8.2. Integer Support
The SMs have the full complement of 32-bit integer operations.
- Addition with optional negation of an operand for subtraction
- Multiplication and multiply-add
- Integer division
- Logical operations
- Condition code manipulation
- Conversion to/from floating point
- Miscellaneous operations (e.g., SIMD instructions for narrow integers, population count, find first zero)
CUDA exposes most of this functionality through standard C operators. Nonstandard operations, such as 24-bit multiplication, may be accessed using inline PTX assembly or intrinsic functions.
8.2.1. Multiplication
Multiplication is implemented differently on Tesla- and Fermi-class hardware. Tesla implements a 24-bit multiplier, while Fermi implements a 32-bit multiplier. As a consequence, full 32-bit multiplication on SM 1.x hardware requires four instructions. For performance-sensitive code targeting Tesla-class hardware, it is a performance win to use the intrinsics for 24-bit multiply.^{8} Table 8.4 shows the intrinsics related to multiplication.
Table 8.4 Multiplication Intrinsics
INTRINSIC |
DESCRIPTION |
__[u]mul24 |
Returns the least significant 32 bits of the product of the 24 least significant bits of the integer parameters. The 8 most significant bits of the inputs are ignored. |
__[u]mulhi |
Returns the most significant 32 bits of the product of the inputs. |
__[u]mul64hi |
Returns the most significant 64 bits of the products of the 64-bit inputs. |
8.2.2. Miscellaneous (Bit Manipulation)
The CUDA compiler implements a number of intrinsics for bit manipulation, as summarized in Table 8.5. On SM 2.x and later architectures, these intrinsics map to single instructions. On pre-Fermi architectures, they are valid but may compile into many instructions. When in doubt, disassemble and look at the microcode! 64-bit variants have “ll” (two ells for “long long”) appended to the intrinsic name __clzll(), ffsll(), popcll(), brevll().
Table 8.5 Bit Manipulation Intrinsics
INTRINSIC |
SUMMARY |
DESCRIPTION |
__brev(x) |
Bit reverse |
Reverses the order of bits in a word |
__byte_perm(x,y,s) |
Permute bytes |
Returns a 32-bit word whose bytes were selected from the two inputs according to the selector parameter s |
__clz(x) |
Count leading zeros |
Returns number of zero bits (0–32) before most significant set bit |
__ffs(x) |
Find first sign bit |
Returns the position of the least significant set bit.The least significant bit is position 1. For an input of 0,__ffs() returns 0. |
__popc(x) |
Population count |
Returns the number of set bits |
__[u]sad(x,y,z) |
Sum of absolute differences |
Adds |x-y| to z and returns the result |
8.2.3. Funnel Shift (SM 3.5)
GK110 added a 64-bit “funnel shift” instruction that concatenates two 32-bit values together (the least significant and most significant halves are specified as separate 32-bit inputs, but the hardware operates on an aligned register pair), shifts the resulting 64-bit value left or right, and then returns the most significant (for left shift) or least significant (for right shift) 32 bits.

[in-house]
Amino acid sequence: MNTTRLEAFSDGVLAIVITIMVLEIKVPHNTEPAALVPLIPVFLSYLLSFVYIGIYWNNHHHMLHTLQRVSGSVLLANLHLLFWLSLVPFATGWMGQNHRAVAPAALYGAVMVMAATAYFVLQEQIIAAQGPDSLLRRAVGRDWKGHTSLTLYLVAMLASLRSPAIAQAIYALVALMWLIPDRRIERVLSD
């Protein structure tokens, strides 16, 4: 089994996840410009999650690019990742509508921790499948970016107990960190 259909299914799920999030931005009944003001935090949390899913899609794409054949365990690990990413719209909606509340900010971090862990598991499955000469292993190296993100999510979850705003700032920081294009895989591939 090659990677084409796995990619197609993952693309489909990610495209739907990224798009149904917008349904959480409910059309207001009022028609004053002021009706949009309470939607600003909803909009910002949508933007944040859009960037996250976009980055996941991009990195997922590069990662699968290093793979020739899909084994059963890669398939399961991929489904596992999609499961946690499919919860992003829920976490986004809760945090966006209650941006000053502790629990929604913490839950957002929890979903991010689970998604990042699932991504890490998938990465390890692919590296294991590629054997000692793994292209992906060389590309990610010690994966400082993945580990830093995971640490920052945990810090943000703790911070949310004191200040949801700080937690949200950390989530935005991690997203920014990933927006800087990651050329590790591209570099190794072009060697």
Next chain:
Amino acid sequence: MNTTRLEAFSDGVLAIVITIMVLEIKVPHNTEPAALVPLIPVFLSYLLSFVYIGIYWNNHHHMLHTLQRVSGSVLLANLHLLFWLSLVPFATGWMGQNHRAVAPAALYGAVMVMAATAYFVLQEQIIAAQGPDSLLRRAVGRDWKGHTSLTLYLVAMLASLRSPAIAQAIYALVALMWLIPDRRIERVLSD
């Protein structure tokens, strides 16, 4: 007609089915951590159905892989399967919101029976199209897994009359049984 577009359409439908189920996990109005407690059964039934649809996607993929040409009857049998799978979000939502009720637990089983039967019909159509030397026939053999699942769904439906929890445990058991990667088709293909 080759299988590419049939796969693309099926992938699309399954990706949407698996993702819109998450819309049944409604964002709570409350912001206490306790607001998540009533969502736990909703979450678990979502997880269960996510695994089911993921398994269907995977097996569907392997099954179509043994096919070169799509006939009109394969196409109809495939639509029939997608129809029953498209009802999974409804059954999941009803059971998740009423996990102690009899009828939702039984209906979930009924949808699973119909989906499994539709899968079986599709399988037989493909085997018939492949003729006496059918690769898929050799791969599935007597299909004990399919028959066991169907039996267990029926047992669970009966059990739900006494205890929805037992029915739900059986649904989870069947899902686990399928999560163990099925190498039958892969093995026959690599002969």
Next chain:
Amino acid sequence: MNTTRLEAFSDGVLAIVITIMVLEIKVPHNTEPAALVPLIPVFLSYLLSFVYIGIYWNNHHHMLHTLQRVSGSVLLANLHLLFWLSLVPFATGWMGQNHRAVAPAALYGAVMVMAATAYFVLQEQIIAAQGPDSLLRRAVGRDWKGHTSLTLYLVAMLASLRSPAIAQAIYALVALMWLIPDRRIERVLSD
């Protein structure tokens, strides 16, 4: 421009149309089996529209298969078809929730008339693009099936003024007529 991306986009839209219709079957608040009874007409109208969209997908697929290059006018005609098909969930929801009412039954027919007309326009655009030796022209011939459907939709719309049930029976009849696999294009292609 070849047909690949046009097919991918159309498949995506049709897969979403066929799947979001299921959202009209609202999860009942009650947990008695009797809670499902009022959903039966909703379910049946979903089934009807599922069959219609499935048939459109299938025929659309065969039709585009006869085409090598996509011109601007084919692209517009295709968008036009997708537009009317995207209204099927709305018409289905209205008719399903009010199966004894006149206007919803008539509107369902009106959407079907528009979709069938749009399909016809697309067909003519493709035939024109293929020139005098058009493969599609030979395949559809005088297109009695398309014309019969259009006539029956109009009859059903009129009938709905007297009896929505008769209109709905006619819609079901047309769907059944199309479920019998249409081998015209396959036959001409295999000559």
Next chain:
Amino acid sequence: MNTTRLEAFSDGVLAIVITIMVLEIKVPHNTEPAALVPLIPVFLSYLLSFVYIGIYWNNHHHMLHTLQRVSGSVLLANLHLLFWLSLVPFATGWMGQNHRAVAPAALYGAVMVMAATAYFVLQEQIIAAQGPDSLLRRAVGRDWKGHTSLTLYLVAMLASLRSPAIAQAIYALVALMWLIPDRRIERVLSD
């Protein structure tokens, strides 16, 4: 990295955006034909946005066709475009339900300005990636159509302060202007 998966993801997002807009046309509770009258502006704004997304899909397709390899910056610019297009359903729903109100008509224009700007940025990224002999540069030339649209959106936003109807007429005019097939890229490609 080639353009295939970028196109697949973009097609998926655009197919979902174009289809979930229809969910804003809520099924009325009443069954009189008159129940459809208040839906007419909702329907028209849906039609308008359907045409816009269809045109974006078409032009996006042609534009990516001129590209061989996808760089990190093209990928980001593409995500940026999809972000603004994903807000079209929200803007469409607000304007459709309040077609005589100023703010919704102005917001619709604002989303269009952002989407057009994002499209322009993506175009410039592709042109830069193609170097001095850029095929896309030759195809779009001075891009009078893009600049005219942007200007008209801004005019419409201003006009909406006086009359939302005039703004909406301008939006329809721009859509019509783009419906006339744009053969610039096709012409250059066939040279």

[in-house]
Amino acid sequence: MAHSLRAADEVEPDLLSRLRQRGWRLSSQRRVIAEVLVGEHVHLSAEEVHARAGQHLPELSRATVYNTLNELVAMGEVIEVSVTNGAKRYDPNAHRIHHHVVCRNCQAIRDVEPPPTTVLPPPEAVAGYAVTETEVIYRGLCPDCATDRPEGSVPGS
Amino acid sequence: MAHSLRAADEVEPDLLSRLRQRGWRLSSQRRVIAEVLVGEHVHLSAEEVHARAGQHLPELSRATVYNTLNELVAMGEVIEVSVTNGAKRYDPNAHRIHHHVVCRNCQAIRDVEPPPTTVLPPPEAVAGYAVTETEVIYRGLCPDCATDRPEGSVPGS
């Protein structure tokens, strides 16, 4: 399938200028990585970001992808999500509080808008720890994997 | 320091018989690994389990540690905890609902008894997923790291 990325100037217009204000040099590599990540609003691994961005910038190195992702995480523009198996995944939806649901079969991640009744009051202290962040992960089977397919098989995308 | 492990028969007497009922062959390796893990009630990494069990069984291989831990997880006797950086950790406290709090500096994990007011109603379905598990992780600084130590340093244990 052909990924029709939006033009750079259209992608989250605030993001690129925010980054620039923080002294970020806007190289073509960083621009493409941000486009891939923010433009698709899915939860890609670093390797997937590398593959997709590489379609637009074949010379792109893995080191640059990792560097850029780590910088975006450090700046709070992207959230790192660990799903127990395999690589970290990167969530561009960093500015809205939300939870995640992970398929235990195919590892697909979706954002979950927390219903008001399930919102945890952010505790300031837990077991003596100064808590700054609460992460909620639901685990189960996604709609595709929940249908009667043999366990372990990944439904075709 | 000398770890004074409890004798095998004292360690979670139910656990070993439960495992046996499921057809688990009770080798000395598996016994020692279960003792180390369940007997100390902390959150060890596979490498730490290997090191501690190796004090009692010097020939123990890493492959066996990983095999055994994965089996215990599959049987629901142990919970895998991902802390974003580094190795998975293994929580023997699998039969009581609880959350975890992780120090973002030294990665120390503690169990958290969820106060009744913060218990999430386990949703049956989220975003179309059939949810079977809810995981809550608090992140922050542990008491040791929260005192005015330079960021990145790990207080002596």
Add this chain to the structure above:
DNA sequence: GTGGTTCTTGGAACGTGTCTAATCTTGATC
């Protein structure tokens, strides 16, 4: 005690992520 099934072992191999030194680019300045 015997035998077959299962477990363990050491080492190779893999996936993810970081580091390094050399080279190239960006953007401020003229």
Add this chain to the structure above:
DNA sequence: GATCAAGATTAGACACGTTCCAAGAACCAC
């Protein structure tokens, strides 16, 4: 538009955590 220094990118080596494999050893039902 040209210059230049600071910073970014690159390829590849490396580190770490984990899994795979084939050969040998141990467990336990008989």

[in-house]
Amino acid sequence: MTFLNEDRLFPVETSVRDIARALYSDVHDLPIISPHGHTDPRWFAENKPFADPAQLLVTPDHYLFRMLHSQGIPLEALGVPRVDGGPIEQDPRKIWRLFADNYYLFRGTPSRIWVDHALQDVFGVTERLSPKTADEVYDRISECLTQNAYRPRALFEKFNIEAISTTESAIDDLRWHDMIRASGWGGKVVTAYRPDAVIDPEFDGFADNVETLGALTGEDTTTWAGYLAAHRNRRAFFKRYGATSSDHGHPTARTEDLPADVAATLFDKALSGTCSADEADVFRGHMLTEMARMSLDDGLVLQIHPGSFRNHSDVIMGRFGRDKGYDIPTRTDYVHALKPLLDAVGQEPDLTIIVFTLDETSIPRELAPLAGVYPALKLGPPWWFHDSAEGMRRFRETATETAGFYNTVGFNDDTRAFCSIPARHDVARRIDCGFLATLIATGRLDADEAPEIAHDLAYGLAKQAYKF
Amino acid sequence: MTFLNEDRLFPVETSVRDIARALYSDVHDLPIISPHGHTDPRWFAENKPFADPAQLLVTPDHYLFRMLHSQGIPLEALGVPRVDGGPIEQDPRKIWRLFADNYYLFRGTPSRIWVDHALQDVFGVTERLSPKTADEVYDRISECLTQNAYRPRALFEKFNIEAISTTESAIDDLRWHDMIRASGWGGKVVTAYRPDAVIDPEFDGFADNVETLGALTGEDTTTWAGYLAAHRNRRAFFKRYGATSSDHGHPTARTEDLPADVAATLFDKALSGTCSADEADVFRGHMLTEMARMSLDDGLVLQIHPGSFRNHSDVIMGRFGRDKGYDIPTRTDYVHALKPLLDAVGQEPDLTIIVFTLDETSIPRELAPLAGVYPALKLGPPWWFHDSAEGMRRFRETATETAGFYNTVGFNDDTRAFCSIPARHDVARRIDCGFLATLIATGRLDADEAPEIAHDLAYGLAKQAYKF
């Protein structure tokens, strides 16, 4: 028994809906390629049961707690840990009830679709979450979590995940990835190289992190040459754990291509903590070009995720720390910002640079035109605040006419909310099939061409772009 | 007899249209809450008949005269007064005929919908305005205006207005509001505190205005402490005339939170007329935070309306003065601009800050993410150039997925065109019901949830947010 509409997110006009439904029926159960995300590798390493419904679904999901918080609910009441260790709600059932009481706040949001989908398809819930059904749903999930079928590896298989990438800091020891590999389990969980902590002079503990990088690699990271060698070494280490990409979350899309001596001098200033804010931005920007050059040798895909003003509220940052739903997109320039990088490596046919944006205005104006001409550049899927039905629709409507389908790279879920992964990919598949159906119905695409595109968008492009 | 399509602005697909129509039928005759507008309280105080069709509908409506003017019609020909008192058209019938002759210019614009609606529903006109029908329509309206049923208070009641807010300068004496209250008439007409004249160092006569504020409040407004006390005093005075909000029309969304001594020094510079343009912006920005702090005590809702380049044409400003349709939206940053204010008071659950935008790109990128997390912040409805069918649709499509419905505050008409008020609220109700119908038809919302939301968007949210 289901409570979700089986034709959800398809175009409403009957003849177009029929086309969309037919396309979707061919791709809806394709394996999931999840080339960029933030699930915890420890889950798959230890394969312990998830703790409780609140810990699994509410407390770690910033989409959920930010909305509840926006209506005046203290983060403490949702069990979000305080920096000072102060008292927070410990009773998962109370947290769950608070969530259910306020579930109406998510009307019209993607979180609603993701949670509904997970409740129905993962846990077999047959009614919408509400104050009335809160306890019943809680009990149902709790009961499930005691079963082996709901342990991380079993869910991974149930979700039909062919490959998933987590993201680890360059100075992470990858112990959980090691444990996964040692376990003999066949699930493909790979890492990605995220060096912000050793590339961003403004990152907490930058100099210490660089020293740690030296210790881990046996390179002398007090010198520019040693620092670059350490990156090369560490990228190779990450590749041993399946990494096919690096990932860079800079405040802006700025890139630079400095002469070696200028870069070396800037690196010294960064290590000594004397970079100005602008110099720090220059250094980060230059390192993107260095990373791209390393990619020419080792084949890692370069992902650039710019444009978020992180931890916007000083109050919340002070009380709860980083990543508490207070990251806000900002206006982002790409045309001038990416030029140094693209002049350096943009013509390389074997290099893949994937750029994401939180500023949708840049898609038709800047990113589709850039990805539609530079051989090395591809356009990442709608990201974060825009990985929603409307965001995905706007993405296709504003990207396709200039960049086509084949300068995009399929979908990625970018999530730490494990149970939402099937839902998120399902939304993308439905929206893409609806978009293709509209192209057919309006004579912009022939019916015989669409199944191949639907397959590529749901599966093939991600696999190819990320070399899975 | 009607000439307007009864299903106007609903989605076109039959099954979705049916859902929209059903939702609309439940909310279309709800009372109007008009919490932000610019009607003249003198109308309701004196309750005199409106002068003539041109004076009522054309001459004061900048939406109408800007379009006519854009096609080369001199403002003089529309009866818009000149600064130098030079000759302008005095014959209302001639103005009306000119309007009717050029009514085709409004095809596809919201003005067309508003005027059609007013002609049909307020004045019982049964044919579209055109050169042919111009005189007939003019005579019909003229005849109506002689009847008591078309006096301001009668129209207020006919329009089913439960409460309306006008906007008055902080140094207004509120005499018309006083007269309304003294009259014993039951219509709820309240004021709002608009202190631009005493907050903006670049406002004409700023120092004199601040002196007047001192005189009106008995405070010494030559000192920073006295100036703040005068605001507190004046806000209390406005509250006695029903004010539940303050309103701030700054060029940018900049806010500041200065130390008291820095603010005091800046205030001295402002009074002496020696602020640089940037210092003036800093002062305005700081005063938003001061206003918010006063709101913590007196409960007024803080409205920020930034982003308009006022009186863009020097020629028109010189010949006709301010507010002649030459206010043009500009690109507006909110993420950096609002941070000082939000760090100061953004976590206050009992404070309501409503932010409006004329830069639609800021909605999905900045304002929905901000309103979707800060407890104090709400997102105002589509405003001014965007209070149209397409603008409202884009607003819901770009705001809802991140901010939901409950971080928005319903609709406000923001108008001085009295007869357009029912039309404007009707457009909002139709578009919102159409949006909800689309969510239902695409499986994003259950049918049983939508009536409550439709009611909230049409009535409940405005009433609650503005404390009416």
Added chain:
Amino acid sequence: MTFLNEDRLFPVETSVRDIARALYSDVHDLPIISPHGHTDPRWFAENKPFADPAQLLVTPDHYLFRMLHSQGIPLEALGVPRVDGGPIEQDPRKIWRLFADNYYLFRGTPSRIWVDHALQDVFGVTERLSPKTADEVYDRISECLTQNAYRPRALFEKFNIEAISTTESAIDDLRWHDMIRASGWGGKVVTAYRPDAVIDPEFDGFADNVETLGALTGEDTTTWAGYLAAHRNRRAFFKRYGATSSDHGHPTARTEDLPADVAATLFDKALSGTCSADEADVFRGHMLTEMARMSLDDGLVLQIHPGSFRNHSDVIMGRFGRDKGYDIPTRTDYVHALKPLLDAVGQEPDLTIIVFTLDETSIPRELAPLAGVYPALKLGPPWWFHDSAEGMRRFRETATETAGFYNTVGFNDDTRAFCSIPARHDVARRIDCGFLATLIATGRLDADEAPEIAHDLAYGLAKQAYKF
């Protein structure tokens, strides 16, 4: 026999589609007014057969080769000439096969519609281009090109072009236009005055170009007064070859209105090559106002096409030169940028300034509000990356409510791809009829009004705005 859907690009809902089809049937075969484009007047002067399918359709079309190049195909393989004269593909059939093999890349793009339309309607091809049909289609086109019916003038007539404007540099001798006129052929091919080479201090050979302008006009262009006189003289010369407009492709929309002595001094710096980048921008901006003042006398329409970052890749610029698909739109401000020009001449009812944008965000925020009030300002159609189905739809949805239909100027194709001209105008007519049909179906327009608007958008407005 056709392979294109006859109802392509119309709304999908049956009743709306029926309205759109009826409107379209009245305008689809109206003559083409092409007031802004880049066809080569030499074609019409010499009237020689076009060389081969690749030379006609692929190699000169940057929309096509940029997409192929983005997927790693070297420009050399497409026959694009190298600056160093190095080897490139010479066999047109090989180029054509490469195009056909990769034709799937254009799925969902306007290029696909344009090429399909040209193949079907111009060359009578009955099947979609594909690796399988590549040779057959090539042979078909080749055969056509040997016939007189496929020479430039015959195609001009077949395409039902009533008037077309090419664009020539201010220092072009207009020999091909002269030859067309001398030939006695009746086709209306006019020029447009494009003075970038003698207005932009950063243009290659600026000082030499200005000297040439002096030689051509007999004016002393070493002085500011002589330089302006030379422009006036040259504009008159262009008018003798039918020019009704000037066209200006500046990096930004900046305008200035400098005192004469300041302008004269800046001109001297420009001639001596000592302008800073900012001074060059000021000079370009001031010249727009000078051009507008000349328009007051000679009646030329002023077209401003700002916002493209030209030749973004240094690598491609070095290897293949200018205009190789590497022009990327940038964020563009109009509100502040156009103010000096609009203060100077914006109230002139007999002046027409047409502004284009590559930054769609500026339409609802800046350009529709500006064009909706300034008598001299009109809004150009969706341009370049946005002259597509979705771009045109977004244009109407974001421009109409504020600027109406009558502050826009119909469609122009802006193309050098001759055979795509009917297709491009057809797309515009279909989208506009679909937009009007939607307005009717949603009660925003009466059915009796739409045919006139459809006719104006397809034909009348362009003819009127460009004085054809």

Funnel shift may be accessed with the intrinsics given in Table 8.6. These intrinsics are implemented as inline device functions (using inline PTX assembler) in sm_35_intrinsics.h. By default, the least significant 5 bits of the shift count are masked off; the _lc and _rc intrinsics clamp the shift value to the range 0..32.
Table 8.6 Funnel Shift Intrinsics
INTRINSIC |
DESCRIPTION |
__funnelshift_l(hi, lo, sh) |
Concatenates [hi:lo] into a 64-bit quantity, shifts it left by (sh&31)bits, and returns the most significant 32 bits |
__funnelshift_lc(hi, lo, sh) |
Concatenates [hi:lo] into a 64-bit quantity, shifts it left by min(sh,32) bits, and returns the most significant 32 bits |
__funnelshift_r(hi, lo, sh) |
Concatenates [hi:lo] into a 64-bit quantity, shifts it right by (sh&31) bits, and returns the least significant 32 bits |
__funnelshift_rc(hi, lo, sh) |
Concatenates [hi:lo] into a 64-bit quantity, shifts it right by min(sh,32) bits, and returns the least significant 32 bits |
Applications for funnel shift include the following.
- Multiword shift operations
- Memory copies between misaligned buffers using aligned loads and stores
- Rotate
To right-shift data sizes greater than 64 bits, use repeated __funnelshift_r() calls, operating from the least significant to the most significant word. The most significant word of the result is computed using operator>>, which shifts in zero or sign bits as appropriate for the integer type. To left-shift data sizes greater than 64 bits, use repeated __funnelshift_l() calls, operating from the most significant to the least significant word. The least significant word of the result is computed using operator<<. If the hi and lo parameters are the same, the funnel shift effects a rotate operation.